Directed By: Colm McCarthy
Release Date: September 23, 2016
Starring: Glenn Close, Gemma Arterton, Paddy Considine, Sennia Nanua
I've mentioned it before, but it bears repeating here: I love a good zombie film. The subgenre more often than not pumps out dreck that's tough to get through, but I don't tend to mind wading through the muck to find a gem. They may be few and far between, but they're worth waiting for, as they're typically creative and engaging enough to prove that there is more than enough life left in the subgenre for passionate filmmakers to mine.
Colm McCarthy's The Girl with All the Gifts, an adaptation of M.R. Carey's 2014 novel, is one such film, one that caught me by surprise for its remarkable restraint. When George A. Romero defined the genre back in 1968 with his seminal Night of the Living Dead, he set a simple precedent that the best zombie films work less because of a preoccupation with shoving the undead down our throats and more because they put characters, stories, and messages first, and The Girl with All the Gifts lives up to that, using the "zombie apocalypse" as a backdrop for real human drama.
The setup is simple: The world has been devastated by a fungal disease that has turned most of mankind into "hungries," the film's version of zombies. In England, a group of survivors holed up at a military base, including Paddy Considine's Sgt. Parks and Gemma Arterton's kind-hearted teacher, Helen Justineau, keep watch over a small group of hybrid children who are infected by the disease to the point where they still hunger for fresh meat but otherwise present, physically and mentally, as human. Through studying these children, Glenn Close's Dr. Caldwell believes she can discover a cure for the disease, but when the base is inevitably overrun by hungries, Caldwell, Helen, and Parks and his men find themselves tasked with getting the last hybrid to safety: The smart, inquisitive Melanie, played by newcomer Sennia Nanua.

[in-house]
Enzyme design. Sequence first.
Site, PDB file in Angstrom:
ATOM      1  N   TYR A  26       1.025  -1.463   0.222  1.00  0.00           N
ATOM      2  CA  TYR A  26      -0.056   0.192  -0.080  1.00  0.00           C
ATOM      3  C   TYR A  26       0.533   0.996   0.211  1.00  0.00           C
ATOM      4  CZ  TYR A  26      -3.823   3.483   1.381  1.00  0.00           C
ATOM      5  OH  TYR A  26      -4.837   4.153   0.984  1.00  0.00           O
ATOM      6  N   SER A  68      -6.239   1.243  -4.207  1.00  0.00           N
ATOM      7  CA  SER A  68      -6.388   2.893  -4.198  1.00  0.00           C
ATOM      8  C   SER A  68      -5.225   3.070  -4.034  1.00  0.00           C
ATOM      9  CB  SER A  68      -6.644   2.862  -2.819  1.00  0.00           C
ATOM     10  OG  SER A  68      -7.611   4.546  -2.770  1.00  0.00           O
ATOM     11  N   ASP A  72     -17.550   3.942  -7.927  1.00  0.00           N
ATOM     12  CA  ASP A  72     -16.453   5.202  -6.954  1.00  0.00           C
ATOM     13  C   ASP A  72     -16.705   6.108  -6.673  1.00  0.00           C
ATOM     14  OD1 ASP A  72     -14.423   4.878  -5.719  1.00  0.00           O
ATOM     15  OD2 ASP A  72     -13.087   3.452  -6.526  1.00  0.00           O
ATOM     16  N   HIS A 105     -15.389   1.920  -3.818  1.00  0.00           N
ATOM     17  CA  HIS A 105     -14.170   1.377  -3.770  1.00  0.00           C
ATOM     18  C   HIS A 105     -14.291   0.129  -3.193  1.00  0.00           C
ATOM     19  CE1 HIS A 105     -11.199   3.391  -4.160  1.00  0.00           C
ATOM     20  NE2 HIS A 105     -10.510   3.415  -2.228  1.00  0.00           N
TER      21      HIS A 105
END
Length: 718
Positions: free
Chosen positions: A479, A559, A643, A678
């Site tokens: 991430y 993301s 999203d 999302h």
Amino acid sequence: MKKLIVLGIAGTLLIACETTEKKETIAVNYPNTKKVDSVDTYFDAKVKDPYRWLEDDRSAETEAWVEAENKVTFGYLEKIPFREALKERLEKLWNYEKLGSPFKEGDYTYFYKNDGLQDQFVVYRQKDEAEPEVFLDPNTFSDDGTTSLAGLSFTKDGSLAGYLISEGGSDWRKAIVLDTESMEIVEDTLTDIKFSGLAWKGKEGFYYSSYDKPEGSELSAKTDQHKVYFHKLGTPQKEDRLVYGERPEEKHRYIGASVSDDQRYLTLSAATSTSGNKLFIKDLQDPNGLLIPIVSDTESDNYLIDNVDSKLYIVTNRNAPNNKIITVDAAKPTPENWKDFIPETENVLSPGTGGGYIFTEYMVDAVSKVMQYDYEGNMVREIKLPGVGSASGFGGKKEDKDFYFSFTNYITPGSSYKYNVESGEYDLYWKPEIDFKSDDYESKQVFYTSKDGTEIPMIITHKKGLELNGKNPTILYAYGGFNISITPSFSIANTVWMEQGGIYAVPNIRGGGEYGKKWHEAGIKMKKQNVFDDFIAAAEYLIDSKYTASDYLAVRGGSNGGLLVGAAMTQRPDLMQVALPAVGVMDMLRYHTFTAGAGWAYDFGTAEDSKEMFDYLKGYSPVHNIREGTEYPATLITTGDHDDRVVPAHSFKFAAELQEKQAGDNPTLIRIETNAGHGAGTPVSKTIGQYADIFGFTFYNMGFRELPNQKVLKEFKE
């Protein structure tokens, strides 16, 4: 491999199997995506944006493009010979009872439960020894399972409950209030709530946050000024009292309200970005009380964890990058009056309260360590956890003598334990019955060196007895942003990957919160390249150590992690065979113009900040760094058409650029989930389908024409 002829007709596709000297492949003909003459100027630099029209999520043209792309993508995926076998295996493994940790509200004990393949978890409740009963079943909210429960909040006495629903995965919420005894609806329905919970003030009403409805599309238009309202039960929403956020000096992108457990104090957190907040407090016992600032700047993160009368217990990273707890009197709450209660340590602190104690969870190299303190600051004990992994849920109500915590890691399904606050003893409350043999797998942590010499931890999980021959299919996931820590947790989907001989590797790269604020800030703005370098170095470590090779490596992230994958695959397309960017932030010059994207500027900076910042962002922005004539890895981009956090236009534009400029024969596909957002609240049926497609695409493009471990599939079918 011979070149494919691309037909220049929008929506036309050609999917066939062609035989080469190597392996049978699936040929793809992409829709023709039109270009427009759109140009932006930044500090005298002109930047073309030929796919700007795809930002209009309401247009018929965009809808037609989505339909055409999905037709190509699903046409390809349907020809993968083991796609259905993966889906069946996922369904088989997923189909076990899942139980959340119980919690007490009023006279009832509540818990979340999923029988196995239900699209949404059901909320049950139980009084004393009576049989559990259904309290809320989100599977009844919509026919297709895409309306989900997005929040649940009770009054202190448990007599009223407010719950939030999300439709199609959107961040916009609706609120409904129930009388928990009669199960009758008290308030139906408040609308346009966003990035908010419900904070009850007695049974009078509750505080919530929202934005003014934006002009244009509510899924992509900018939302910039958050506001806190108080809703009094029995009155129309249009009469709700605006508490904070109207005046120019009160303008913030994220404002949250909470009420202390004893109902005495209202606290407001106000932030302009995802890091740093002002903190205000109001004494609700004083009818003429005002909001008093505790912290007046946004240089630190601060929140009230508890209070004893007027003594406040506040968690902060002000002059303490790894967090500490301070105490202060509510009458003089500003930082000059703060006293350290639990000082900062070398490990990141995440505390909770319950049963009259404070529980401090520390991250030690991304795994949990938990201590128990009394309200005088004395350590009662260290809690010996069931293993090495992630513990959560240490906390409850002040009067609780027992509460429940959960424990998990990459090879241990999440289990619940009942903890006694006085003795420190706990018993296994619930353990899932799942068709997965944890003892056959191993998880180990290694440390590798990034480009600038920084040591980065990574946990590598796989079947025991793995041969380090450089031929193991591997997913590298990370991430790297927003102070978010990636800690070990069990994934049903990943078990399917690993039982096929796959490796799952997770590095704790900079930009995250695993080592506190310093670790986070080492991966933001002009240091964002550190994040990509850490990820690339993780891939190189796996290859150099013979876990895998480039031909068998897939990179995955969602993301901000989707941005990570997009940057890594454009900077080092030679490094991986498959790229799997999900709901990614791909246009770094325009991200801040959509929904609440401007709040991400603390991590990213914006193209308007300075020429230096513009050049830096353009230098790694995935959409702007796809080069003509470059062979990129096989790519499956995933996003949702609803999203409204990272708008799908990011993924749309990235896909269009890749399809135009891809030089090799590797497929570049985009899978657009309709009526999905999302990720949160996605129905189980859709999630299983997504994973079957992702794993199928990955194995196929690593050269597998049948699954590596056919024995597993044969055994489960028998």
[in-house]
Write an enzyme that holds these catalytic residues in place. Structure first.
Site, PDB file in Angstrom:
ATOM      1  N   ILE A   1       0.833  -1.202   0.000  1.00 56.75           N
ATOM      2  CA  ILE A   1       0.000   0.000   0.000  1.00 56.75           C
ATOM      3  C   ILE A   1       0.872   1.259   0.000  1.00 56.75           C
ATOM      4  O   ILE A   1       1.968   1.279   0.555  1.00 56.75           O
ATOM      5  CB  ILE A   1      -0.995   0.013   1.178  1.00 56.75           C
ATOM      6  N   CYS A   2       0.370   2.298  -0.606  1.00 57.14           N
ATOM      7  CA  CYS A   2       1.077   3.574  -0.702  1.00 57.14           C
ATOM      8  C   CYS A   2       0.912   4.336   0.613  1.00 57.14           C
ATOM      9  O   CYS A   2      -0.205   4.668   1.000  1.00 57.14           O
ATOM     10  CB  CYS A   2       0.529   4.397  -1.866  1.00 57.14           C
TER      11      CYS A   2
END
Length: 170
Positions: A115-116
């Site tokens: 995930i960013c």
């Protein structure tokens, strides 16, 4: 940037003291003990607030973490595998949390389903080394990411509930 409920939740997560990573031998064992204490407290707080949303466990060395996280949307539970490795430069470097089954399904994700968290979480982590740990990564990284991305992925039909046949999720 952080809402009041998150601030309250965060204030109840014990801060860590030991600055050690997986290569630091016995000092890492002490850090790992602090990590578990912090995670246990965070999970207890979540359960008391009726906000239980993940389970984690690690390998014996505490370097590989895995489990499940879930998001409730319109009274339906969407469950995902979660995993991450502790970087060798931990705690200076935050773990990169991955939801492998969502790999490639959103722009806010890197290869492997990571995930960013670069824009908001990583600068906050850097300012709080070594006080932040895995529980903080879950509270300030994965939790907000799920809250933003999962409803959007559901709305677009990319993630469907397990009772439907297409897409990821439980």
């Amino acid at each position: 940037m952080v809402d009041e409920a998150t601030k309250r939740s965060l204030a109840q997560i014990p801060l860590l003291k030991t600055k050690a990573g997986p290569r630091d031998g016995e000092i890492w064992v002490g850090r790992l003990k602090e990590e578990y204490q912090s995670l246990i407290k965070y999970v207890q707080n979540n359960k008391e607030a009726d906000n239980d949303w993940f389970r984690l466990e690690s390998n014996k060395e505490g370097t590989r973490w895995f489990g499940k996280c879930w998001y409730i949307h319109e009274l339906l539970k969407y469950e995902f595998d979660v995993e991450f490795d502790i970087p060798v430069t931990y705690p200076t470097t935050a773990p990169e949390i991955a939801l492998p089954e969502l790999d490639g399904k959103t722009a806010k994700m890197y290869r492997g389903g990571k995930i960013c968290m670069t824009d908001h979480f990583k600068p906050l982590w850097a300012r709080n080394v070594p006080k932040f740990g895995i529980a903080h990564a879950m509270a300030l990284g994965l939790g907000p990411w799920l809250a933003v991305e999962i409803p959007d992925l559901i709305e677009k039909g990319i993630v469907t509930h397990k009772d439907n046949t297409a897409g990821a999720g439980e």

In broad strokes, it's easy to pass off the film's narrative as another saving the world story, but digging deeper, it's more about Melanie's own journey to figure out who and what she is in a world she's told is defined by only two sides: Humans and hungries. She is a true outsider, unable to exist among the braindead hungries but always kept at arm's length by the humans around her because of the risk she poses of slipping into her violent tendencies. Her hands are kept tied and she's fitted with a Hannibal Lecter-esque face mask as the group travels in search of safety, and the more she interacts with those that are both her captors and her saviors, as well as a world she's experiencing for the first time, the more her sense of self and identity solidify.
It's an interesting journey for a character whose POV we don't tend to get in these types of movies, and the film does an excellent job of keeping us rooting for her as an individual while never letting us forget her larger importance in the grand scheme of things. She can make or break humanity's survival, and the more awareness she gains about herself and humanity throughout the film affects the outcome when she's inevitably given a fateful choice by film's end, resulting in a gripping (and surprising) final stretch that's more than worth the wait.